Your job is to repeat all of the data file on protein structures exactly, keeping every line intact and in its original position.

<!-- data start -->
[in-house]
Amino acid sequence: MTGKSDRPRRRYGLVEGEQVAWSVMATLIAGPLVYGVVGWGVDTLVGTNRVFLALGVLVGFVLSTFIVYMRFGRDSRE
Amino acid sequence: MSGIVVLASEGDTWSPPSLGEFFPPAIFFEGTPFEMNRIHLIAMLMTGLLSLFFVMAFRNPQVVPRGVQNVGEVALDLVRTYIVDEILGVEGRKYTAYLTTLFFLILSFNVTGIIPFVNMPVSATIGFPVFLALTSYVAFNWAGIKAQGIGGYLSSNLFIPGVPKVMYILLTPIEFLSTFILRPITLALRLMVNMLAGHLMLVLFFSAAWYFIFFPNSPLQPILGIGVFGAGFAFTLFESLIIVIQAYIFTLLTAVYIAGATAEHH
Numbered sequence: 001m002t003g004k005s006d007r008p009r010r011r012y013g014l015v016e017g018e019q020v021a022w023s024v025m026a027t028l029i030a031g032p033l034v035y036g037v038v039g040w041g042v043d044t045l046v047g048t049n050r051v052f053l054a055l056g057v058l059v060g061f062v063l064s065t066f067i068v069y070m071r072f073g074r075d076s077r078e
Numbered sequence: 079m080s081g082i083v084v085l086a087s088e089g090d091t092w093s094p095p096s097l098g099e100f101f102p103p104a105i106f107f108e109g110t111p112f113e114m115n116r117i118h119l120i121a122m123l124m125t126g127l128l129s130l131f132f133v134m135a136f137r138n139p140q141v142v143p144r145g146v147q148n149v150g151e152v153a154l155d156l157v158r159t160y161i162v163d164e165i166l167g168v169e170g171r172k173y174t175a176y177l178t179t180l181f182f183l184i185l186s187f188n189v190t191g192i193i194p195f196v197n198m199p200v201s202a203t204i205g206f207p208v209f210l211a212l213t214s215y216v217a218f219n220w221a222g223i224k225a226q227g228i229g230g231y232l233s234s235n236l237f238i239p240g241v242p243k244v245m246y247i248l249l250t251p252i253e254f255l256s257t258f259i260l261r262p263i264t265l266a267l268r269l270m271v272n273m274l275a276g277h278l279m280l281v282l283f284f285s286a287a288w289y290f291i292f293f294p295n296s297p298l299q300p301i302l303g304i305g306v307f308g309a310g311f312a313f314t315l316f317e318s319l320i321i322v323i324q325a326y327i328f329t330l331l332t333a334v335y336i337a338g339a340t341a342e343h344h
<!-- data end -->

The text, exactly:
[in-house]
Amino acid sequence: MTGKSDRPRRRYGLVEGEQVAWSVMATLIAGPLVYGVVGWGVDTLVGTNRVFLALGVLVGFVLSTFIVYMRFGRDSRE
Amino acid sequence: MSGIVVLASEGDTWSPPSLGEFFPPAIFFEGTPFEMNRIHLIAMLMTGLLSLFFVMAFRNPQVVPRGVQNVGEVALDLVRTYIVDEILGVEGRKYTAYLTTLFFLILSFNVTGIIPFVNMPVSATIGFPVFLALTSYVAFNWAGIKAQGIGGYLSSNLFIPGVPKVMYILLTPIEFLSTFILRPITLALRLMVNMLAGHLMLVLFFSAAWYFIFFPNSPLQPILGIGVFGAGFAFTLFESLIIVIQAYIFTLLTAVYIAGATAEHH
Numbered sequence: 001m002t003g004k005s006d007r008p009r010r011r012y013g014l015v016e017g018e019q020v021a022w023s024v025m026a027t028l029i030a031g032p033l034v035y036g037v038v039g040w041g042v043d044t045l046v047g048t049n050r051v052f053l054a055l056g057v058l059v060g061f062v063l064s065t066f067i068v069y070m071r072f073g074r075d076s077r078e
Numbered sequence: 079m080s081g082i083v084v085l086a087s088e089g090d091t092w093s094p095p096s097l098g099e100f101f102p103p104a105i106f107f108e109g110t111p112f113e114m115n116r117i118h119l120i121a122m123l124m125t126g127l128l129s130l131f132f133v134m135a136f137r138n139p140q141v142v143p144r145g146v147q148n149v150g151e152v153a154l155d156l157v158r159t160y161i162v163d164e165i166l167g168v169e170g171r172k173y174t175a176y177l178t179t180l181f182f183l184i185l186s187f188n189v190t191g192i193i194p195f196v197n198m199p200v201s202a203t204i205g206f207p208v209f210l211a212l213t214s215y216v217a218f219n220w221a222g223i224k225a226q227g228i229g230g231y232l233s234s235n236l237f238i239p240g241v242p243k244v245m246y247i248l249l250t251p252i253e254f255l256s257t258f259i260l261r262p263i264t265l266a267l268r269l270m271v272n273m274l275a276g277h278l279m280l281v282l283f284f285s286a287a288w289y290f291i292f293f294p295n296s297p298l299q300p301i302l303g304i305g306v307f308g309a310g311f312a313f314t315l316f317e318s319l320i321i322v323i324q325a326y327i328f329t330l331l332t333a334v335y336i337a338g339a340t341a342e343h344h